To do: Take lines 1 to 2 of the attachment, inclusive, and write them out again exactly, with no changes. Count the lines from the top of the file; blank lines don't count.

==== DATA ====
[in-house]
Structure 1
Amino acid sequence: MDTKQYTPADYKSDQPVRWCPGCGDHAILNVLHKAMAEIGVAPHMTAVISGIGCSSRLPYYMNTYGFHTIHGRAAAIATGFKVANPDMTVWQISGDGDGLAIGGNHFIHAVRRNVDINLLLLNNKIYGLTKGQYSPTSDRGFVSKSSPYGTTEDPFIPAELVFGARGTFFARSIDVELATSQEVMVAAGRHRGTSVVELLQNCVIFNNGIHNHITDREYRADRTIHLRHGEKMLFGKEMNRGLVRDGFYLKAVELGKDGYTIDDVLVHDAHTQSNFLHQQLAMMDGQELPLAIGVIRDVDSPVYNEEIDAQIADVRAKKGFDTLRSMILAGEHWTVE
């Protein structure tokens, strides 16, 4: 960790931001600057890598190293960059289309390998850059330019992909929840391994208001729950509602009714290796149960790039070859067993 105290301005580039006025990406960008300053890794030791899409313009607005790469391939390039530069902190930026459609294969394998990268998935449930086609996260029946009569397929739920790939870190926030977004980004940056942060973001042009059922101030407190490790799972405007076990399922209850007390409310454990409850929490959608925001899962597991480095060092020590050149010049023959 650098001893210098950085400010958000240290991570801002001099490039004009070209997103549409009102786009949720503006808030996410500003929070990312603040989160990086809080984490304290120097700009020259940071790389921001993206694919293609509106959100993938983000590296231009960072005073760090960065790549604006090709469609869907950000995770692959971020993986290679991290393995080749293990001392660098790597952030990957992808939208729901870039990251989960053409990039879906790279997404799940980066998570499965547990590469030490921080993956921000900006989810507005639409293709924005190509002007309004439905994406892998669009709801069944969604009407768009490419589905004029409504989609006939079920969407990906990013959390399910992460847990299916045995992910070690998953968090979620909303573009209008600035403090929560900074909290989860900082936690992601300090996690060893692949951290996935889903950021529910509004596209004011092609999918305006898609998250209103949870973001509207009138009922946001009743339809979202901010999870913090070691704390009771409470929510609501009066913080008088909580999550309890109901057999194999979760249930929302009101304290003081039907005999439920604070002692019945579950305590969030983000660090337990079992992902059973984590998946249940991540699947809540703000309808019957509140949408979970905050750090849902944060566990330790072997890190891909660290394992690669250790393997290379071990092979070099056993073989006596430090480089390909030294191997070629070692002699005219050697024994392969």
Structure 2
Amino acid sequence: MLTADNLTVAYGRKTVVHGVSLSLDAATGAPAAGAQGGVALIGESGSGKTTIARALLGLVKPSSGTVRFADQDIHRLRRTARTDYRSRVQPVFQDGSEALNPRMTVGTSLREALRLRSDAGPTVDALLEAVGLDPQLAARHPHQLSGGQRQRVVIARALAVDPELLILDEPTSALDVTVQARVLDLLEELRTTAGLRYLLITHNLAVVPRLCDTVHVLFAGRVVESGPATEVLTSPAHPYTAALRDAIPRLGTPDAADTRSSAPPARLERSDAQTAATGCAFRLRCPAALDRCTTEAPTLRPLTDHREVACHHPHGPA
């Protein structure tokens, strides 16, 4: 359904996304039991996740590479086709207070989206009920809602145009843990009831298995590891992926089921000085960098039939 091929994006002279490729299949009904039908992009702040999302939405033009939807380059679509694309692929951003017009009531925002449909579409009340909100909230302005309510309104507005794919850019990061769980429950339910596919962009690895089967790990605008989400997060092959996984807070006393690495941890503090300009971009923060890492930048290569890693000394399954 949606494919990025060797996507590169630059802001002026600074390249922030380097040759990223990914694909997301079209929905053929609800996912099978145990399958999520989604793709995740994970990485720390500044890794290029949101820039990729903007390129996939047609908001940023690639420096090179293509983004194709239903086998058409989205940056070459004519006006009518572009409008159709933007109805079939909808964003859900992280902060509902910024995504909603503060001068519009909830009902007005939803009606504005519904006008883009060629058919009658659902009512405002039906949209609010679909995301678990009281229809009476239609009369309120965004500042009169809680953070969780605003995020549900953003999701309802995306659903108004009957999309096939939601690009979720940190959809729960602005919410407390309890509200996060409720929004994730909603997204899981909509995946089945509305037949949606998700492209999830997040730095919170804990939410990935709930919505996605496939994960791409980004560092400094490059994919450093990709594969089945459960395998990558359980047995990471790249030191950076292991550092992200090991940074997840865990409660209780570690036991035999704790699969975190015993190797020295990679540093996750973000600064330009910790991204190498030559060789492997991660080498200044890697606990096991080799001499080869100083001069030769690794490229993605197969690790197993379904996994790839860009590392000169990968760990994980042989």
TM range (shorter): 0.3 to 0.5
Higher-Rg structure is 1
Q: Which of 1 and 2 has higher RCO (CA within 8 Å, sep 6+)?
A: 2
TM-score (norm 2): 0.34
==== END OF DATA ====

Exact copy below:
[in-house]
Structure 1